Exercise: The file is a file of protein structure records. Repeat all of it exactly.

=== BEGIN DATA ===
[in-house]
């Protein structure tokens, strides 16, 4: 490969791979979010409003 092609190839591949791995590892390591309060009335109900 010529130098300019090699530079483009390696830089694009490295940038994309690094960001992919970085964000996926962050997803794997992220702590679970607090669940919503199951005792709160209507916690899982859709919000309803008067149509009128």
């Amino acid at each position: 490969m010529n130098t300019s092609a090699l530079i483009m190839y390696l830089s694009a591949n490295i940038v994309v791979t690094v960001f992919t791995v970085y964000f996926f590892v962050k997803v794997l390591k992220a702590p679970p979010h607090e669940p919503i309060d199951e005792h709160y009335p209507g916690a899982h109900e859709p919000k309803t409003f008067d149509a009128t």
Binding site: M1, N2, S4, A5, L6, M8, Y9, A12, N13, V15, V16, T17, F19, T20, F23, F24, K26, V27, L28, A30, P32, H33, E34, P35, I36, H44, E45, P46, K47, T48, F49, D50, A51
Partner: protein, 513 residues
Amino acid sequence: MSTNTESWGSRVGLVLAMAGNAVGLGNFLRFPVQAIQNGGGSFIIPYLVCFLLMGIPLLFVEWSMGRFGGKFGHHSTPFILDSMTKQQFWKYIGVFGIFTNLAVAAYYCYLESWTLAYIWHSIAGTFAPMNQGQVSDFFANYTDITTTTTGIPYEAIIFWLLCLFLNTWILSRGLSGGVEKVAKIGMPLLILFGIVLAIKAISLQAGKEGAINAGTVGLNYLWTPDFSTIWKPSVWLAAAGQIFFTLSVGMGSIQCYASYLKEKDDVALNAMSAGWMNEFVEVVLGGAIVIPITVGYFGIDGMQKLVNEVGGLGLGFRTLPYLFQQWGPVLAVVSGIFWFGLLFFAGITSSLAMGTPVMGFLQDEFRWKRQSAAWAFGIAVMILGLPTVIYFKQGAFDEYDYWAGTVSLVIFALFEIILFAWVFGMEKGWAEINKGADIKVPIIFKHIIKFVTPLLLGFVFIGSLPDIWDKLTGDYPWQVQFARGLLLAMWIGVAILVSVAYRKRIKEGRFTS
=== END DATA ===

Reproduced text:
[in-house]
């Protein structure tokens, strides 16, 4: 490969791979979010409003 092609190839591949791995590892390591309060009335109900 010529130098300019090699530079483009390696830089694009490295940038994309690094960001992919970085964000996926962050997803794997992220702590679970607090669940919503199951005792709160209507916690899982859709919000309803008067149509009128």
């Amino acid at each position: 490969m010529n130098t300019s092609a090699l530079i483009m190839y390696l830089s694009a591949n490295i940038v994309v791979t690094v960001f992919t791995v970085y964000f996926f590892v962050k997803v794997l390591k992220a702590p679970p979010h607090e669940p919503i309060d199951e005792h709160y009335p209507g916690a899982h109900e859709p919000k309803t409003f008067d149509a009128t």
Binding site: M1, N2, S4, A5, L6, M8, Y9, A12, N13, V15, V16, T17, F19, T20, F23, F24, K26, V27, L28, A30, P32, H33, E34, P35, I36, H44, E45, P46, K47, T48, F49, D50, A51
Partner: protein, 513 residues
Amino acid sequence: MSTNTESWGSRVGLVLAMAGNAVGLGNFLRFPVQAIQNGGGSFIIPYLVCFLLMGIPLLFVEWSMGRFGGKFGHHSTPFILDSMTKQQFWKYIGVFGIFTNLAVAAYYCYLESWTLAYIWHSIAGTFAPMNQGQVSDFFANYTDITTTTTGIPYEAIIFWLLCLFLNTWILSRGLSGGVEKVAKIGMPLLILFGIVLAIKAISLQAGKEGAINAGTVGLNYLWTPDFSTIWKPSVWLAAAGQIFFTLSVGMGSIQCYASYLKEKDDVALNAMSAGWMNEFVEVVLGGAIVIPITVGYFGIDGMQKLVNEVGGLGLGFRTLPYLFQQWGPVLAVVSGIFWFGLLFFAGITSSLAMGTPVMGFLQDEFRWKRQSAAWAFGIAVMILGLPTVIYFKQGAFDEYDYWAGTVSLVIFALFEIILFAWVFGMEKGWAEINKGADIKVPIIFKHIIKFVTPLLLGFVFIGSLPDIWDKLTGDYPWQVQFARGLLLAMWIGVAILVSVAYRKRIKEGRFTS